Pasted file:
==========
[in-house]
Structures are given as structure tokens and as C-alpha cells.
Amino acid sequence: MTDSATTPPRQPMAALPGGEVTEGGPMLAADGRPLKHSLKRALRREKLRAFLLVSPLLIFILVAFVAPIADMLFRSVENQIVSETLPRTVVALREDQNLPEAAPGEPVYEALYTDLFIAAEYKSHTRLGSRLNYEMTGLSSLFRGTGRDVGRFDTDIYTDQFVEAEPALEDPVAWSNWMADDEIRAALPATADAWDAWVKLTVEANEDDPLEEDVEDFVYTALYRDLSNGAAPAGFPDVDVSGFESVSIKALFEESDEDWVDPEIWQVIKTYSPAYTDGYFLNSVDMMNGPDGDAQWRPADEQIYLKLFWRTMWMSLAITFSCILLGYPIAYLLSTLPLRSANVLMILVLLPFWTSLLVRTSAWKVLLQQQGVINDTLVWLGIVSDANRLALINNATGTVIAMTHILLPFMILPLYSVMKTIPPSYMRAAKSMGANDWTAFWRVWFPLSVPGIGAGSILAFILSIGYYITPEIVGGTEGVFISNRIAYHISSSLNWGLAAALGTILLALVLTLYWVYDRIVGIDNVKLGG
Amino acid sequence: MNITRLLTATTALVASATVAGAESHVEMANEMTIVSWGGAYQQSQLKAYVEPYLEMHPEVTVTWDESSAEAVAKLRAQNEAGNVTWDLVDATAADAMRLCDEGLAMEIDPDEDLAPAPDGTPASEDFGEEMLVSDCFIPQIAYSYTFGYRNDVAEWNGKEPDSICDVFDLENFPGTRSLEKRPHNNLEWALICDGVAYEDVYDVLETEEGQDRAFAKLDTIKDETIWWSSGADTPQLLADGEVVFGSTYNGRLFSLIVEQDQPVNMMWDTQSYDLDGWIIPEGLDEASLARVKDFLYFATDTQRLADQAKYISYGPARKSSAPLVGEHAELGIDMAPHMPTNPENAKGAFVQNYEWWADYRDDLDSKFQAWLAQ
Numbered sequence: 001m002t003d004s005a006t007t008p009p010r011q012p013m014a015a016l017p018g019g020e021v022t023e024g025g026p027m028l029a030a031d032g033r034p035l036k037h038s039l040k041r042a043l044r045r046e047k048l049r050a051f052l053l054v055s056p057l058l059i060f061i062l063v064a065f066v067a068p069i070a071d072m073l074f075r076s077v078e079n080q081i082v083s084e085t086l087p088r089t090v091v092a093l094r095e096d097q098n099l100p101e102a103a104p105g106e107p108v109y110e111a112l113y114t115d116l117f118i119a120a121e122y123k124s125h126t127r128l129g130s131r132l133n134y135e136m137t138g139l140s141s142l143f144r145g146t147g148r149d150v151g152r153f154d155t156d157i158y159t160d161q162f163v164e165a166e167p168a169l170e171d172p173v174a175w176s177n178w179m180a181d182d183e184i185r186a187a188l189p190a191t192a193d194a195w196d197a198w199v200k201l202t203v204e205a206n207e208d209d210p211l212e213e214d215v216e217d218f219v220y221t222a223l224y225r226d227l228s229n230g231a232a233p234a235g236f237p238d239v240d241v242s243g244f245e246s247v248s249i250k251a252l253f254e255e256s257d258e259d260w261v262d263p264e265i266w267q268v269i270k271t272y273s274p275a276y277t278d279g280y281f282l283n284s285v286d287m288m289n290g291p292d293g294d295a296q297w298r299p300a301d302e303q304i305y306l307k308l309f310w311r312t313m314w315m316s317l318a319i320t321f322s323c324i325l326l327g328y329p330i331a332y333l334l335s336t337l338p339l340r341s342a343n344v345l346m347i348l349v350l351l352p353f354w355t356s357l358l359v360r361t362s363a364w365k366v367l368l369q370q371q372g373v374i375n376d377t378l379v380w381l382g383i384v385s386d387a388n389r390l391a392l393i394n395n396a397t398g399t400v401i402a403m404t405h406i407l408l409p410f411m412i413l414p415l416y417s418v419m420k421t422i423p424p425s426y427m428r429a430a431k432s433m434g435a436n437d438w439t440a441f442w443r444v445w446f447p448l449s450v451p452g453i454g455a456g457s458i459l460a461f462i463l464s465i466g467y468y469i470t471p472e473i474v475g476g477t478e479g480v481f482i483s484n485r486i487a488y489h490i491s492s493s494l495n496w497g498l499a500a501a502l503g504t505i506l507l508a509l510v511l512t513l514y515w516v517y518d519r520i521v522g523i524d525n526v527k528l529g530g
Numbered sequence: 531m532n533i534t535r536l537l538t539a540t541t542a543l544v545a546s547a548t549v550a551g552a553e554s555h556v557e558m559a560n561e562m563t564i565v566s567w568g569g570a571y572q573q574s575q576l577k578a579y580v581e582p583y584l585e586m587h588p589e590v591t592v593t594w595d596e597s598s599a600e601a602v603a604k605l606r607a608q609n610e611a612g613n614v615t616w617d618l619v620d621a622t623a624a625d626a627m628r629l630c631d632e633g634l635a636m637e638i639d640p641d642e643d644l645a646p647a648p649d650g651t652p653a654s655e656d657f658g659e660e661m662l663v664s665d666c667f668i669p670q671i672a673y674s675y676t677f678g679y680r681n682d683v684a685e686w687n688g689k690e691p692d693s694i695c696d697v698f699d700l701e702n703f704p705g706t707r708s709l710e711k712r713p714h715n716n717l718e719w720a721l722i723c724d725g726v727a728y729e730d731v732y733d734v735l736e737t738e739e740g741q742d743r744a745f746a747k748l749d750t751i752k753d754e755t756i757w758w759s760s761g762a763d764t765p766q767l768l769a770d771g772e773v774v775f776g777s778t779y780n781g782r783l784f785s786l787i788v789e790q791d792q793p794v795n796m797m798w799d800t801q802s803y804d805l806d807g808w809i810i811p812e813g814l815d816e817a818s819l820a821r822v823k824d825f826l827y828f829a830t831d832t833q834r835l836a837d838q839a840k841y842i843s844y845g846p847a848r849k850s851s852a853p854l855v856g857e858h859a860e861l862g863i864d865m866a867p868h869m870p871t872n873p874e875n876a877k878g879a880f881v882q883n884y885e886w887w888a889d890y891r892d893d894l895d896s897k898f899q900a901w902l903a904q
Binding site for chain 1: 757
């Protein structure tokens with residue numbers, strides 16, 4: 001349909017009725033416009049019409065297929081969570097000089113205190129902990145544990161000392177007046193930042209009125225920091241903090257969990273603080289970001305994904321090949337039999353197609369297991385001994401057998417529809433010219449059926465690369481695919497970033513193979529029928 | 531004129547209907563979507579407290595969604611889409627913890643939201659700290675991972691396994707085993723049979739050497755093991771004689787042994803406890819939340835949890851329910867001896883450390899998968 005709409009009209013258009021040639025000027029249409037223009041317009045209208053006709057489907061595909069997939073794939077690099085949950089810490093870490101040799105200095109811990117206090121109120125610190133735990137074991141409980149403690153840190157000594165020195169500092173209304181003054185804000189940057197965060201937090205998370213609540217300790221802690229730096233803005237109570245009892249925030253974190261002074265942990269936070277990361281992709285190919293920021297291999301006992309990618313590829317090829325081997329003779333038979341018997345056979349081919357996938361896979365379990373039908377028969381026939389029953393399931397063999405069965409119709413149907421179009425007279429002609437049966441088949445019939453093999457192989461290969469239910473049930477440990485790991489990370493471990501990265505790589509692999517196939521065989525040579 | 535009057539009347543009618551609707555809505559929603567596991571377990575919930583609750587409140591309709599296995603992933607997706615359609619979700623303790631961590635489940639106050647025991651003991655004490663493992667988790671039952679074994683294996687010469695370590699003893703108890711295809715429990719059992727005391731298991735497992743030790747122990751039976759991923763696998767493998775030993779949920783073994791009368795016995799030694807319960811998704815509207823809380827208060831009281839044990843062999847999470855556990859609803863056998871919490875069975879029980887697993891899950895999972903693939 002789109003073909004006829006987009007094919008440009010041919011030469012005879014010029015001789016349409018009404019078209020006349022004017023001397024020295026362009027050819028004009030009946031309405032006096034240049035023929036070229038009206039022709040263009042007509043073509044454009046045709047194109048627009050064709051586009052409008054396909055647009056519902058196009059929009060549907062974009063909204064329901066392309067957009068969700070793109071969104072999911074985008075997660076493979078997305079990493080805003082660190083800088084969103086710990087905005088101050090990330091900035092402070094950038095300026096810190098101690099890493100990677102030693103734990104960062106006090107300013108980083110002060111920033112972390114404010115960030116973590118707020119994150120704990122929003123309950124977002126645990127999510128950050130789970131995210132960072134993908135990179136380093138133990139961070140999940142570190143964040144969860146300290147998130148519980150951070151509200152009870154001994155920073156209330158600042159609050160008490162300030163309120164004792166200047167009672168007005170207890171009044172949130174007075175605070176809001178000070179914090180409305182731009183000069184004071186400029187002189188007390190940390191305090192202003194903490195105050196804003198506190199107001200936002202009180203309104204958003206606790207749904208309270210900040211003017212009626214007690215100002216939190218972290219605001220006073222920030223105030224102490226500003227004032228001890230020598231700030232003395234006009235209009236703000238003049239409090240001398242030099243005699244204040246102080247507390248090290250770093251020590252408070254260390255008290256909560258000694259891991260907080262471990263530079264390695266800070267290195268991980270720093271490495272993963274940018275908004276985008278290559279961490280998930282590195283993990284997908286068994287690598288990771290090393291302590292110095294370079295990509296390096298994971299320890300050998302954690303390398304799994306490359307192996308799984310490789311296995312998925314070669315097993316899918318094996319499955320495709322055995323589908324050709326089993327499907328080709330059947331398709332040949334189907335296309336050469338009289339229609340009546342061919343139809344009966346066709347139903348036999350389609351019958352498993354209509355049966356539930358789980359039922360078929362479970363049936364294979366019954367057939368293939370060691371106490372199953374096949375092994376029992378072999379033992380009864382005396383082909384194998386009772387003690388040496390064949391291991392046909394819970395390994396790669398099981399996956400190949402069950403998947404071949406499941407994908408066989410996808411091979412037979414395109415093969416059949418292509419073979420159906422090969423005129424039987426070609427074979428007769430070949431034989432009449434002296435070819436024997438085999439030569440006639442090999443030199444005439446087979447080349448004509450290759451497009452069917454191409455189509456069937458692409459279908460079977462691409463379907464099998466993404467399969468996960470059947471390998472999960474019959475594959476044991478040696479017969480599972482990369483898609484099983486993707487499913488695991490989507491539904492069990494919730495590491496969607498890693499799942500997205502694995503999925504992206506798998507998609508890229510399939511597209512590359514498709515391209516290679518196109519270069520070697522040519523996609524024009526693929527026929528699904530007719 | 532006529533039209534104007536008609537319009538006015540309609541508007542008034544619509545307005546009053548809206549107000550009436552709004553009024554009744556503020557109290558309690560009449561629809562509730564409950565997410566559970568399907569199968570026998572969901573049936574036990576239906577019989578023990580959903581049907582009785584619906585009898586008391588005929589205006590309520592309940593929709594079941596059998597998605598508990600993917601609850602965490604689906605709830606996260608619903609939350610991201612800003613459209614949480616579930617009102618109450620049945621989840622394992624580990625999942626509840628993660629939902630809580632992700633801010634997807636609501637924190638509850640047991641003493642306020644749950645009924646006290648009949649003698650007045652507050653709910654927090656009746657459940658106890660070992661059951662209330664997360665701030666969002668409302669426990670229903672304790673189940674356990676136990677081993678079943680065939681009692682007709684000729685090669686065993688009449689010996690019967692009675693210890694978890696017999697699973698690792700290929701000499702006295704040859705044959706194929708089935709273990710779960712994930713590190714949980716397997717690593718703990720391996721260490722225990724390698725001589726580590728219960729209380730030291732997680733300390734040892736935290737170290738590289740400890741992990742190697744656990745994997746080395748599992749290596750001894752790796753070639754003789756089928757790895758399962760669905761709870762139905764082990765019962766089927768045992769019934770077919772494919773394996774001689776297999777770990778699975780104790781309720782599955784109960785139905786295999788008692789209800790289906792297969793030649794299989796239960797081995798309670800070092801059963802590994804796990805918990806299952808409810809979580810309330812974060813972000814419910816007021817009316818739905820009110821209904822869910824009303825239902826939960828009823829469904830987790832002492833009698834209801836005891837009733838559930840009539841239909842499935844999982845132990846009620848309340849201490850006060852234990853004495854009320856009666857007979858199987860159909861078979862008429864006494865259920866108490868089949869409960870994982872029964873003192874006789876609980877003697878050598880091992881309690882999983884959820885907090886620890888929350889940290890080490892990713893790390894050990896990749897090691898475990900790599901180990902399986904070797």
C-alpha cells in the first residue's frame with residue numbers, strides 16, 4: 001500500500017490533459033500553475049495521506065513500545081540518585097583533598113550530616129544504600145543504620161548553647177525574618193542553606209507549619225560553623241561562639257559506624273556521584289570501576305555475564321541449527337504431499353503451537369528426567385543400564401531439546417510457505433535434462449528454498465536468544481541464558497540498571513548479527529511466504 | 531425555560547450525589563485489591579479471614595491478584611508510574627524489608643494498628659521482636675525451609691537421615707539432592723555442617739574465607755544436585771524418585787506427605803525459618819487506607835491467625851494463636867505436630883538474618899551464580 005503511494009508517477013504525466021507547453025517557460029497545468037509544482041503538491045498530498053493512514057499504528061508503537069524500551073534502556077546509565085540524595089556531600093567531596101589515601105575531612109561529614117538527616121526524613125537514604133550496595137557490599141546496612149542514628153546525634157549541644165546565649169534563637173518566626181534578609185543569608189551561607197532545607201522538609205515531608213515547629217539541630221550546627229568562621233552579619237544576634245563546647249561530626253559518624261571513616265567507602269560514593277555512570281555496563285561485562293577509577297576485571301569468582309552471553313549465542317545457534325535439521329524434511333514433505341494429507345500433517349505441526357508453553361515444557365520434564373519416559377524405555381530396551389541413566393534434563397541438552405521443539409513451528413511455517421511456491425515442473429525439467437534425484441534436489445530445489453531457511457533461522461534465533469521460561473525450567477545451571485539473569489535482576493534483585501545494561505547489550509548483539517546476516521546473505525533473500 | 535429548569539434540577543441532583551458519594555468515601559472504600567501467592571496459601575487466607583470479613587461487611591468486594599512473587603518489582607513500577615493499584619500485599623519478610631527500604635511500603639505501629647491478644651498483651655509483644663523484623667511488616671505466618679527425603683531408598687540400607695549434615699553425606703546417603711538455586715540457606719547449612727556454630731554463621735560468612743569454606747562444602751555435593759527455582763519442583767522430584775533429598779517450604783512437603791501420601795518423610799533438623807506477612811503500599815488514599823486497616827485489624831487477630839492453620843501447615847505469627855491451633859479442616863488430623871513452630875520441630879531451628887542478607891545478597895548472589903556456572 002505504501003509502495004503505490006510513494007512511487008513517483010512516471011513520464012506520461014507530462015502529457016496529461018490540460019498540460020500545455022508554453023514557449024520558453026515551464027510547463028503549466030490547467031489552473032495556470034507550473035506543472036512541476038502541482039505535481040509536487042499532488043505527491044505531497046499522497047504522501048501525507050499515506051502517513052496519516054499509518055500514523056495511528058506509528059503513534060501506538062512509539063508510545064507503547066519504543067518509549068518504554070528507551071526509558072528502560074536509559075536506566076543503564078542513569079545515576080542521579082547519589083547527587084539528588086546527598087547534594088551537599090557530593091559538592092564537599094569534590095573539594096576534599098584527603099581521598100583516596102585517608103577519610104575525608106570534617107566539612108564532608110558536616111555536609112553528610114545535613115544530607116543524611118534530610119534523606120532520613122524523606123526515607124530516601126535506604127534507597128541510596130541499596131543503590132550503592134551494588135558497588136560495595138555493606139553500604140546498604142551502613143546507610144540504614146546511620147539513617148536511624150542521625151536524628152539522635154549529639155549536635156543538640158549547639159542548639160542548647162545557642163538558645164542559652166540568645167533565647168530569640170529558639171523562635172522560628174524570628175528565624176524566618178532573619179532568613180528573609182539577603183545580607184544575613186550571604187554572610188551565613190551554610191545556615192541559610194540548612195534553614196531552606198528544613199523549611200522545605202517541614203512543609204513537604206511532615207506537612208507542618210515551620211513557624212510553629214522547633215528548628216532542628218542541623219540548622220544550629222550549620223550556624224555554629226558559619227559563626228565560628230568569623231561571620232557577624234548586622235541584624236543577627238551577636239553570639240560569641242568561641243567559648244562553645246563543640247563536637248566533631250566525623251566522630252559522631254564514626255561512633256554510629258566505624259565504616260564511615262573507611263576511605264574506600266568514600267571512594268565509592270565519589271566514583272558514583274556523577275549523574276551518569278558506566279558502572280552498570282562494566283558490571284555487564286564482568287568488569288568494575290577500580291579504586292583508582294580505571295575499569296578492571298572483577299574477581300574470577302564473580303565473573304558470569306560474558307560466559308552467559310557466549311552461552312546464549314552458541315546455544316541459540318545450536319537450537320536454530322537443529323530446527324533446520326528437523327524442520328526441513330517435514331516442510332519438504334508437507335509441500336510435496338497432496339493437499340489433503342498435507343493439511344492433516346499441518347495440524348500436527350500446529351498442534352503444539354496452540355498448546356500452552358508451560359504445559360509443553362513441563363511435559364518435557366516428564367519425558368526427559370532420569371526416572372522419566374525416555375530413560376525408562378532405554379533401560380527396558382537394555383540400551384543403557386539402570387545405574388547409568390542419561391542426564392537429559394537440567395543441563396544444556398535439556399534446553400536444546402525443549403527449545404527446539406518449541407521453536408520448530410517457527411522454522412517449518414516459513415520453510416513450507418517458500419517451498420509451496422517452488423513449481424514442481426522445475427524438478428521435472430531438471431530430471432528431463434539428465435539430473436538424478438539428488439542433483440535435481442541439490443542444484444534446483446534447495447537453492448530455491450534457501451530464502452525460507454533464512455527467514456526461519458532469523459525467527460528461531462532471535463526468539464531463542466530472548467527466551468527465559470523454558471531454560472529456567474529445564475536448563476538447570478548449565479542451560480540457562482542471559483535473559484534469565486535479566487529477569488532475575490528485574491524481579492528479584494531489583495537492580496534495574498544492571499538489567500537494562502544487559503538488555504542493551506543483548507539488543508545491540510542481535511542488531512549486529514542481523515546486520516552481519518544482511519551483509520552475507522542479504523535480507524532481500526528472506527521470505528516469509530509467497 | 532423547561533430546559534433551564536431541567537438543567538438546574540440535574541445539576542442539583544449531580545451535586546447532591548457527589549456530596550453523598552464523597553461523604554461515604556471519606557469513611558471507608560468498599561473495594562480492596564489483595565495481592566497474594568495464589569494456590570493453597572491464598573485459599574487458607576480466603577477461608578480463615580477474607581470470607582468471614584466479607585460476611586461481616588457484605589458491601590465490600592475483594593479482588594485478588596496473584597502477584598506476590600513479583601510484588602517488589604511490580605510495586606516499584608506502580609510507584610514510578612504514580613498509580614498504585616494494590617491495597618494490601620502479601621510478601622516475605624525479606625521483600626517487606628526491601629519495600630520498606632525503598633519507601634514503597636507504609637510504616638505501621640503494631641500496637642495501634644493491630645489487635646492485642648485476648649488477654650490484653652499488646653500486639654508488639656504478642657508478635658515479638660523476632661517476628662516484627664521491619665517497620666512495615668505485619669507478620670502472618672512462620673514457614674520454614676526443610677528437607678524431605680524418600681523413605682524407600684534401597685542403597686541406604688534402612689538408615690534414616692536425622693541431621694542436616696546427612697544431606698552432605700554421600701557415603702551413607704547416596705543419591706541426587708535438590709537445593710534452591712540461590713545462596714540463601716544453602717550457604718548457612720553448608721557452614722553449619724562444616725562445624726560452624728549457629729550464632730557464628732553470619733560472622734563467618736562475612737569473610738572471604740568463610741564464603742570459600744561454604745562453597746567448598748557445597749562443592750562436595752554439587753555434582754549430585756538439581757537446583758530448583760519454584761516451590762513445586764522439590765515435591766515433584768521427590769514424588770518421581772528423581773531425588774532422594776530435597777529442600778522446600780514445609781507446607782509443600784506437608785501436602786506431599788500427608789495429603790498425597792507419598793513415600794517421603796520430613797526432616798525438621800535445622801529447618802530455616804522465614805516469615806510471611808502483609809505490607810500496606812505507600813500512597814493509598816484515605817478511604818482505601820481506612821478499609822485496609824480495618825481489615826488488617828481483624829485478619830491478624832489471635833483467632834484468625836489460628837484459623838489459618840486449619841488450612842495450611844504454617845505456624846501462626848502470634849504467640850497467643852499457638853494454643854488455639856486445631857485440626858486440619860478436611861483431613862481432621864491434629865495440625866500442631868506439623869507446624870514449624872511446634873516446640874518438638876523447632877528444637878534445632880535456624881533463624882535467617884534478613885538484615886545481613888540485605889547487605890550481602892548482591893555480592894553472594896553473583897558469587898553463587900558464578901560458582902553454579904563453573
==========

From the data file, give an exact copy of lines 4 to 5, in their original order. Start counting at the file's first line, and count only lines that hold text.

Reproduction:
Amino acid sequence: MNITRLLTATTALVASATVAGAESHVEMANEMTIVSWGGAYQQSQLKAYVEPYLEMHPEVTVTWDESSAEAVAKLRAQNEAGNVTWDLVDATAADAMRLCDEGLAMEIDPDEDLAPAPDGTPASEDFGEEMLVSDCFIPQIAYSYTFGYRNDVAEWNGKEPDSICDVFDLENFPGTRSLEKRPHNNLEWALICDGVAYEDVYDVLETEEGQDRAFAKLDTIKDETIWWSSGADTPQLLADGEVVFGSTYNGRLFSLIVEQDQPVNMMWDTQSYDLDGWIIPEGLDEASLARVKDFLYFATDTQRLADQAKYISYGPARKSSAPLVGEHAELGIDMAPHMPTNPENAKGAFVQNYEWWADYRDDLDSKFQAWLAQ
Numbered sequence: 001m002t003d004s005a006t007t008p009p010r011q012p013m014a015a016l017p018g019g020e021v022t023e024g025g026p027m028l029a030a031d032g033r034p035l036k037h038s039l040k041r042a043l044r045r046e047k048l049r050a051f052l053l054v055s056p057l058l059i060f061i062l063v064a065f066v067a068p069i070a071d072m073l074f075r076s077v078e079n080q081i082v083s084e085t086l087p088r089t090v091v092a093l094r095e096d097q098n099l100p101e102a103a104p105g106e107p108v109y110e111a112l113y114t115d116l117f118i119a120a121e122y123k124s125h126t127r128l129g130s131r132l133n134y135e136m137t138g139l140s141s142l143f144r145g146t147g148r149d150v151g152r153f154d155t156d157i158y159t160d161q162f163v164e165a166e167p168a169l170e171d172p173v174a175w176s177n178w179m180a181d182d183e184i185r186a187a188l189p190a191t192a193d194a195w196d197a198w199v200k201l202t203v204e205a206n207e208d209d210p211l212e213e214d215v216e217d218f219v220y221t222a223l224y225r226d227l228s229n230g231a232a233p234a235g236f237p238d239v240d241v242s243g244f245e246s247v248s249i250k251a252l253f254e255e256s257d258e259d260w261v262d263p264e265i266w267q268v269i270k271t272y273s274p275a276y277t278d279g280y281f282l283n284s285v286d287m288m289n290g291p292d293g294d295a296q297w298r299p300a301d302e303q304i305y306l307k308l309f310w311r312t313m314w315m316s317l318a319i320t321f322s323c324i325l326l327g328y329p330i331a332y333l334l335s336t337l338p339l340r341s342a343n344v345l346m347i348l349v350l351l352p353f354w355t356s357l358l359v360r361t362s363a364w365k366v367l368l369q370q371q372g373v374i375n376d377t378l379v380w381l382g383i384v385s386d387a388n389r390l391a392l393i394n395n396a397t398g399t400v401i402a403m404t405h406i407l408l409p410f411m412i413l414p415l416y417s418v419m420k421t422i423p424p425s426y427m428r429a430a431k432s433m434g435a436n437d438w439t440a441f442w443r444v445w446f447p448l449s450v451p452g453i454g455a456g457s458i459l460a461f462i463l464s465i466g467y468y469i470t471p472e473i474v475g476g477t478e479g480v481f482i483s484n485r486i487a488y489h490i491s492s493s494l495n496w497g498l499a500a501a502l503g504t505i506l507l508a509l510v511l512t513l514y515w516v517y518d519r520i521v522g523i524d525n526v527k528l529g530g